Home Professionalisms Theft In Your Own Business: Some Practical Tips

Theft In Your Own Business: Some Practical Tips


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If you own a business and you’ve begun to hire employees, it’s time to start worrying about employee theft, if only because there are some issues you should contemplate before serious problems arise.

The long and the short is that employee theft is rampant by most standards, amounting to $50 billion in annual losses for U.S. businesses, according to CPApowered.org.

Maybe you don’t mind an employee adding five or 10 minutes on a time card. That’s a different problem for a corporation with tens of thousands of employees, like Walmart, which has 2.2 million employees. In that case, everyone padding their time card adds up to big dollars lost on the bottom line.

Your first employee may not be your last, however, so it is also wise to figure out what the culture of your business should be right from the start.

Of course, it is universally agreed that the best way to deal with employee theft is to prevent the theft in the first place and he second step is to find it and stop it as soon as possible.

Here in broad categories are five suggestions for preventing theft:

First, set the right tone from the start.

This entails treating your employees and your customers honestly and making it clear that’s what you expect of them. After that, keep lines of communication open. It is much harder for someone to steal from someone they consider on their side than from someone they consider and adversary. That means teamwork, mutual respect, open lines of communication go a long way towards preventing theft.

Second, keep a sharp eye on inventory.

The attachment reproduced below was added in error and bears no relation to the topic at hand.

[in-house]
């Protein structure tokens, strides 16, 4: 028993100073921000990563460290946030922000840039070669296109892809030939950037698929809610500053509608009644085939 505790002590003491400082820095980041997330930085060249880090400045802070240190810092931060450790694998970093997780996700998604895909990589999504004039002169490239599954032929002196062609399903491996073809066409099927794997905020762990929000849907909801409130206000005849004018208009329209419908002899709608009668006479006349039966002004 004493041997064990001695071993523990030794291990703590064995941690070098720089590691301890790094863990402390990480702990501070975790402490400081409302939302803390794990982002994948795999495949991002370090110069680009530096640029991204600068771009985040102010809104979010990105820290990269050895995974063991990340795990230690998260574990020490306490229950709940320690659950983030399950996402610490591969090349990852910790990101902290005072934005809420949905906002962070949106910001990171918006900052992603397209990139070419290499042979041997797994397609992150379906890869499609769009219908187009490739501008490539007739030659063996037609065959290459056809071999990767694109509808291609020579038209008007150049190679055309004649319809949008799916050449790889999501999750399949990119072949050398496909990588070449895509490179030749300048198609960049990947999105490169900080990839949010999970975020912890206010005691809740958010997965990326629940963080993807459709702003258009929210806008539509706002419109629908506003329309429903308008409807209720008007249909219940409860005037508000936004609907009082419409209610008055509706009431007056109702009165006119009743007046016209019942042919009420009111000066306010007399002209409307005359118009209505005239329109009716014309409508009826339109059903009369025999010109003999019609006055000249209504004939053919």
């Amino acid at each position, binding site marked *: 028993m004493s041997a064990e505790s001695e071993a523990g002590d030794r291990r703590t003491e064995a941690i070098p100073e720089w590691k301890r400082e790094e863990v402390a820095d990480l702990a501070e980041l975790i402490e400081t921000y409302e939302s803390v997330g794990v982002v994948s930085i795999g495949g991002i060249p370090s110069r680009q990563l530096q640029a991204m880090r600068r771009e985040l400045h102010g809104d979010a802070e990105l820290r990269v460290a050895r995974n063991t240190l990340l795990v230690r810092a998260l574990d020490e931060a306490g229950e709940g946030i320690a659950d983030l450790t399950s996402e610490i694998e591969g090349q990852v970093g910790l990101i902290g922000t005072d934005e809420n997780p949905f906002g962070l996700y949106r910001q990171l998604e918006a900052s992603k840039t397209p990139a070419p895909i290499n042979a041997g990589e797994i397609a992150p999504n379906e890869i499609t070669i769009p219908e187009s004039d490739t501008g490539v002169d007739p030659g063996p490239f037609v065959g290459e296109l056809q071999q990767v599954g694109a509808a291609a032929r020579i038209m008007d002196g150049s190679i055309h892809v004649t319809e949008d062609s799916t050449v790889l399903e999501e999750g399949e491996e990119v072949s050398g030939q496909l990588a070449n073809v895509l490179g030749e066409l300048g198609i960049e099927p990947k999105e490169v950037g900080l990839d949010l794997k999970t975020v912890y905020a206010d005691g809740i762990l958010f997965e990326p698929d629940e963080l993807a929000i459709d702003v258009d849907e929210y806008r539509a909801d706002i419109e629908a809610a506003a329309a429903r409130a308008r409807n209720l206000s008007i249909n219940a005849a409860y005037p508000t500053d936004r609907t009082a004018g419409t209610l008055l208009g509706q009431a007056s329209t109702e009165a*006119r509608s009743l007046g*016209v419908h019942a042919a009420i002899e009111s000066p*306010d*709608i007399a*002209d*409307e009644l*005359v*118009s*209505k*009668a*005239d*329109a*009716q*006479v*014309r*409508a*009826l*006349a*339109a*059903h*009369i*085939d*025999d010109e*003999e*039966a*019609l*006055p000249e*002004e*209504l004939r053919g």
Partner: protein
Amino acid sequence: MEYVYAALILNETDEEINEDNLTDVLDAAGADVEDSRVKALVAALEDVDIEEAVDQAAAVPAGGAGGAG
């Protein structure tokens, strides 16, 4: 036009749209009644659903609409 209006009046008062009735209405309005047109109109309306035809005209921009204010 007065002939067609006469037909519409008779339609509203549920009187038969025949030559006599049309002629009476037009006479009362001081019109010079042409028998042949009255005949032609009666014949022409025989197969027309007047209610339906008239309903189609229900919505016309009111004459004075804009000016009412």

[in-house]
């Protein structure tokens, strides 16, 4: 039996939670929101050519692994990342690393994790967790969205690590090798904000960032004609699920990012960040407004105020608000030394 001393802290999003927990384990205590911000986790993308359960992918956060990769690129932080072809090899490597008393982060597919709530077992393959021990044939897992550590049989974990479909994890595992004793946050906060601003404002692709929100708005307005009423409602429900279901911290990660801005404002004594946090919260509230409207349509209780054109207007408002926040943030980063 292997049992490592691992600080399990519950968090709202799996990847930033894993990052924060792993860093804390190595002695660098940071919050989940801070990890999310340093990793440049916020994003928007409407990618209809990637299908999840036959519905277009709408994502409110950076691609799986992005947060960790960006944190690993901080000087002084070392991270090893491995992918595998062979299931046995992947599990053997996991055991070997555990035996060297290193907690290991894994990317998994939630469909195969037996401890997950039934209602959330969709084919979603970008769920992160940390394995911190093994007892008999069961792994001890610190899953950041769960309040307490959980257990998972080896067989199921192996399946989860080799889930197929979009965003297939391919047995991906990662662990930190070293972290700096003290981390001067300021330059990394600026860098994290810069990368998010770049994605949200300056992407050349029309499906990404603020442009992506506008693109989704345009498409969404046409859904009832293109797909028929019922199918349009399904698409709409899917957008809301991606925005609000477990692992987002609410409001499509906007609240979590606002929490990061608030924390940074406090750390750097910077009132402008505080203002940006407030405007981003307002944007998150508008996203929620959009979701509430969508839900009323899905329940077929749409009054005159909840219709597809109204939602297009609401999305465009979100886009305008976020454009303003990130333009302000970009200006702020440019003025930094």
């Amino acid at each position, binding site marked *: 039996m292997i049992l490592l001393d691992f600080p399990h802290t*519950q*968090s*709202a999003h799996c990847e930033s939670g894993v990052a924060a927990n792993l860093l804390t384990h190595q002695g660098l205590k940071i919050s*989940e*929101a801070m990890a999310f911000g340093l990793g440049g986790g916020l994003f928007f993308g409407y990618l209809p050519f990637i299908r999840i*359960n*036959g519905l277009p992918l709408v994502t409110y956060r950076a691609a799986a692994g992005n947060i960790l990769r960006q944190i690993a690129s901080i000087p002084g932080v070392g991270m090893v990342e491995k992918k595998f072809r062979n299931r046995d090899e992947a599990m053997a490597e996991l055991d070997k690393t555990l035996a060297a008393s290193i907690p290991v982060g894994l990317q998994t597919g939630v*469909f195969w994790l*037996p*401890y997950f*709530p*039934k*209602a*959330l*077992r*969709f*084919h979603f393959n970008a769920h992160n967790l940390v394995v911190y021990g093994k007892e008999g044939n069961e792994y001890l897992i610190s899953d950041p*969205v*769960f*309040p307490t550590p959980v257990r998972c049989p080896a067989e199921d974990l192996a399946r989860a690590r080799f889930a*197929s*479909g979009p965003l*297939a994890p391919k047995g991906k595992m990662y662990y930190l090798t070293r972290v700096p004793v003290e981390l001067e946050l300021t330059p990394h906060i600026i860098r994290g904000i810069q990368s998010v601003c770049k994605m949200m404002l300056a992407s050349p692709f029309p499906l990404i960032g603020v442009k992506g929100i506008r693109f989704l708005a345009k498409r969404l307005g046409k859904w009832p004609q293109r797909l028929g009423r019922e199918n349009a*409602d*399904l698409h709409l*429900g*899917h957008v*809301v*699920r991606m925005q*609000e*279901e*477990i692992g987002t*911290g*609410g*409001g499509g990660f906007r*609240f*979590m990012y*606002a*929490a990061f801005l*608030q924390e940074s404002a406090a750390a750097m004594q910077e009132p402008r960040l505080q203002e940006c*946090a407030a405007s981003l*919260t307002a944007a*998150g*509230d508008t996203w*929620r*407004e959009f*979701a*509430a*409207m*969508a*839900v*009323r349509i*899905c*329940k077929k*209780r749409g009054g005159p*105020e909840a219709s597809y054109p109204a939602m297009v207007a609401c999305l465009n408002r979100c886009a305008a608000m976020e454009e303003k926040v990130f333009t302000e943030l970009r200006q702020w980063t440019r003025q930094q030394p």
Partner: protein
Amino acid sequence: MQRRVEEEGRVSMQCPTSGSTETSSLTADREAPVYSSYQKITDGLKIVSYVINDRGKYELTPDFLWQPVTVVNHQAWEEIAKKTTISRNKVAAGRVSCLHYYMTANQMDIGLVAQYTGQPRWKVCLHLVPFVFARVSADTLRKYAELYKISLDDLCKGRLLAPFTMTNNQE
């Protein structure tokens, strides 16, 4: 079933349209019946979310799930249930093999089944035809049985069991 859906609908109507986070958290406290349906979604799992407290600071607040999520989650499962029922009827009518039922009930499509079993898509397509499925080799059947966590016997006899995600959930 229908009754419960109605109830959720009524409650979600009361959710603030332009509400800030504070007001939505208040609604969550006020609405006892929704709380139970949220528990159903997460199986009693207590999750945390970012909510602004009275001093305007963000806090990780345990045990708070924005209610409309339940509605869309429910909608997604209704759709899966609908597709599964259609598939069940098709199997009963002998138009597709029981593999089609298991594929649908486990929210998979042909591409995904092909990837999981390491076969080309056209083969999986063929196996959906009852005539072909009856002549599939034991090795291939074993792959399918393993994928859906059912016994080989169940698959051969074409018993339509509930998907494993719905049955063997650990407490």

It is essential that you keep an eye on inventory and transactions in a manner that is visible to your employees. Make very obvious that inventory is done and even done at random times, at least on occasion.

Inventory also includes reconciling your books and for this it is wise to either consult a reputable CPA (certified public accountant) or to ask one how to proceed properly. A suggested starting point for advise might be the American Institute of Certified Public Accountants.

Almost by definition, audits are done by someone outside of the company. Writers do not edit themselves for the same reason audits are done by outside parties. You need a fresh set of eyes to look at your financial records objectively. Rather than fearing audits, consider them part of your arsenal for keeping everybody honest, including yourself.

Third, modern times call for modern measures.

In this day and age, there are numerous high tech tools that can help a businessman keep an eye on inventory and on employees.

You can go as far as having records stored in an outside account – in a cloud server off site – if you are worried your data might be hacked. Remember some employees rob from you and others rob from customers, who may not be able to trace the theft back to your businesses. In that case, you may need to have data encrypted.

High-tech suggestions also include internet-based digital cameras that can keep an eye on cash registers, time clocks and break rooms. There are also electronic inventory systems that make it far easier and less expensive to tally up your inventory. That means you can do inventory more often. Remember, that’s a huge step, because quick reactions to theft are far more effective than slow ones.

Fourth step, background checks and references.

Background checks are considered a key part of the anti-theft strategy for many businesses, but this, again, has a lot o do with how small or large the business might be. If you are afraid of someone drinking on the job, for example, then you might have a very different strategy if you are working with that employee day to day, hour to hour, compared to an employee who works off site, while you work in the front office.

If you don’t want to conduct a criminal background check or force an employee to take a drug test, at least take the simple precaution of calling references. Make sure you get solid information from references that can help you screen out the bad apples. Or, if you want to go

Fifth step, keep a eye on changes in behavior.

You don’t usually catch them in the act the first time, but if an employee’s behavior changes at work or at home, then you should begin to keep a closer eye on them at strategic times.

Yes, spying on your employees is an odd thing to do. But it’s your business and you need to guard it against theft and protect it. Short of hiring a guard, you have to watch your employees yourself one way or another.